e-books for FE March newsletter

Welcome to the March issue of our e-books for FE newsletter. In this month’s newsletter, we’re thinking about sustainability! Winter is drawing to a close and spring is upon us. Up and down the country, trees are turning out new leaves and flowers are blossoming. It’s also the perfect time to encourage your students to start making revision plans ahead of exam season.

Spring is a great time to think about sustainability; the giddiness of new year’s resolutions has worn off and it’s easier to tell which new habits you’ve been trying to form will be sticking around for good. We might take a moment this month to think about sustainability in our own personal and professional lives. Jisc is committed to sustainability, and we know this is a huge priority for many people, including school and FE learners, as demonstrated by the continued climate strikes. Read more about Jisc’s commitment to sustainability.

National Book Token Competition

February winner

We are excited to announce the winner of February’s £30 National Book Token. Congratulations to Varndean College, who achieved the number one spot in this month’s usage statistics.

Win a £30 National Book Token this March

To be in with a chance of winning March’s prize, we would like to know How do you promote sustainability in your LRC? Tweet us with your top tips for sustainability in the library by 31st March. We will announce the winner will in our April newsletter.

Webinar clinics

Thank you to everyone who attended our webinar clinic in February. To view the recording, please visit the webinar page of our support site. Our next clinic will take place on Wednesday 25th March at 2pm. This month, we’re focusing on the features available through Ebook Central’s online e-book reader. We have noticed that many users are printing large sections of the e-books, but this is contributing to high printing costs within organisations, as well as decreasing the environmental sustainability of the service. This tutorial will focus on the range of features available using the online e-book reader such as highlighting, notes, and creating online bookshelves. The tutorial will demonstrate how the e-book reader can be used to support learners with revision. The rest of the session will be devoted to your Q&A about any aspects of e-books for FE.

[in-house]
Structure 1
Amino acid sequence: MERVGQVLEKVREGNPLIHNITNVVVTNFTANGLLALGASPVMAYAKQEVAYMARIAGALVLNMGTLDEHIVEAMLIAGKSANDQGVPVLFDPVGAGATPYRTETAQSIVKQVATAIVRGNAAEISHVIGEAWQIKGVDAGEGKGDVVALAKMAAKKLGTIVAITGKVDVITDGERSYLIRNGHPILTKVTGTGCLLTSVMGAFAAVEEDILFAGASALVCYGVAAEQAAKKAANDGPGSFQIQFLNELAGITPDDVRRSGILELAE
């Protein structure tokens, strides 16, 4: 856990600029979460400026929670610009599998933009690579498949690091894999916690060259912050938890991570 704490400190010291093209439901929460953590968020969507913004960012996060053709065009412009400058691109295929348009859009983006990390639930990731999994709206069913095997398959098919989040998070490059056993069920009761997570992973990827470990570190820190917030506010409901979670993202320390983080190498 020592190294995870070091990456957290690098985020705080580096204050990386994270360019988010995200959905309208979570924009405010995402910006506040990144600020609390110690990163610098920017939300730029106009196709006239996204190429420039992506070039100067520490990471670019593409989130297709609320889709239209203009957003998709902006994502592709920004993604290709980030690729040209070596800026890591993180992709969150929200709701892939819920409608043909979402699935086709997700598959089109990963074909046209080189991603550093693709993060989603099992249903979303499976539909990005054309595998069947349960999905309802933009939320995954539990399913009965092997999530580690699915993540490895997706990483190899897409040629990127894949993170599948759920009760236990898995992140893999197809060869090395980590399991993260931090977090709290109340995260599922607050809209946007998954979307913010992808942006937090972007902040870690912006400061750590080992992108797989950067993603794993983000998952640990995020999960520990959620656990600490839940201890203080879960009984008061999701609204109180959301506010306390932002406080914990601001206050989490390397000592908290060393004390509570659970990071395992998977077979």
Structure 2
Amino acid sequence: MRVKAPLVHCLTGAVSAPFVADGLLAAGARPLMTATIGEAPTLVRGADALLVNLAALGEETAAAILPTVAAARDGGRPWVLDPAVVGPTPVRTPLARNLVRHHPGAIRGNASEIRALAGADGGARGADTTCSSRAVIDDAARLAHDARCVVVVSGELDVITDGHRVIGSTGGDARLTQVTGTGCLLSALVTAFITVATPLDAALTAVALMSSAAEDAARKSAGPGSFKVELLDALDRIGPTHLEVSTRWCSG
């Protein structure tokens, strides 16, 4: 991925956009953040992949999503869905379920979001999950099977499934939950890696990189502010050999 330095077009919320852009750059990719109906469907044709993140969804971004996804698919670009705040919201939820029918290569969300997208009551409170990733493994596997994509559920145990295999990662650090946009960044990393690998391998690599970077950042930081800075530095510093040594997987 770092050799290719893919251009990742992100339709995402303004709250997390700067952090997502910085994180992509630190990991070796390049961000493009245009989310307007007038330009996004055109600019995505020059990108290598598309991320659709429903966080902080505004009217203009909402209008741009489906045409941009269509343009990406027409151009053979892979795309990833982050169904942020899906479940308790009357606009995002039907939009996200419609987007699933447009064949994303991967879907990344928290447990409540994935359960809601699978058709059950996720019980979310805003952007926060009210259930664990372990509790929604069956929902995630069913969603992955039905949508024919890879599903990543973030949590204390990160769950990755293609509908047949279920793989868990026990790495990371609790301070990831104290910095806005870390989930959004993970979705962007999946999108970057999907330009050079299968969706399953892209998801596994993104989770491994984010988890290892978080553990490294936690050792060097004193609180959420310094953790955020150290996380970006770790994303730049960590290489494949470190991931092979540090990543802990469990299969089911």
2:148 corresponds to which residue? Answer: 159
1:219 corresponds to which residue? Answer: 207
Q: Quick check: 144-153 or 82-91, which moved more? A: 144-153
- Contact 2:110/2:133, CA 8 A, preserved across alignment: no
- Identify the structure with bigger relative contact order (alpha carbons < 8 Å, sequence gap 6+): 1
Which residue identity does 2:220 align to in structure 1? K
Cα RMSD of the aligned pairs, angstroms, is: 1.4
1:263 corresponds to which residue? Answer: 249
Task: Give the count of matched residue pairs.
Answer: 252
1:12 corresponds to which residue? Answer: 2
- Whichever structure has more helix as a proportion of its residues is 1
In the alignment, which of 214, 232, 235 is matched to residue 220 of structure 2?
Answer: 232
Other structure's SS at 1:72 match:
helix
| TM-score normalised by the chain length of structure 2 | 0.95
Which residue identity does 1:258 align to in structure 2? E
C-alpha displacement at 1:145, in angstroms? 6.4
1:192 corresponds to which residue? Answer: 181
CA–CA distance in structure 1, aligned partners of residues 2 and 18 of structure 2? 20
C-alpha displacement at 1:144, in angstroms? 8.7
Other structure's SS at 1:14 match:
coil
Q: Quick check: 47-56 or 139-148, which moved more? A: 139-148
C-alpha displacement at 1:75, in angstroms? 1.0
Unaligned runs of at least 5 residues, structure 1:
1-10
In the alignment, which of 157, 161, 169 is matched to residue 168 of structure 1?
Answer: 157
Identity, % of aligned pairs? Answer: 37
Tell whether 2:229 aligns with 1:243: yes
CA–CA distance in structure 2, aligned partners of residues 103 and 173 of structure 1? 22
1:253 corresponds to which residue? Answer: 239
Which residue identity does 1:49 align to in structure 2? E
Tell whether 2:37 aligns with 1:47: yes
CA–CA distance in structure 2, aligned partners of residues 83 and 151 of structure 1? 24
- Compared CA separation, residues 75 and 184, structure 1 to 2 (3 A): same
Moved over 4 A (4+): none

We don’t need you to register for the clinics. Simply login to the session on the day using the Adobe Connect room link. For more information, please visit the e-books for FE webinar clinic page on the Jisc training site.

If you have any suggestions for topics that you would like us to cover in the webinars, we would love to hear from you at content.feandskills@jisc.ac.uk

LibCentral username and password

In January we reset the credentials for the shared Jisc account which is used to access LibCentral reports. Should you wish to access the shared account to view your usage reports for e-books for FE, please contact content.feandskills@jisc.ac.uk and we will supply you with the new username and password if you haven’t already done so.

Top 20 users

Well done to all organisations who reached a spot in the top 20. If you have tips to share on how you promote e-books for FE to teaching practitioners and learners, we would love to feature you and showcase your work. Get in touch if you would like to be featured at  content.feandskills@jisc.ac.uk

Rank Organisation User sessions
1 Varndean College 2046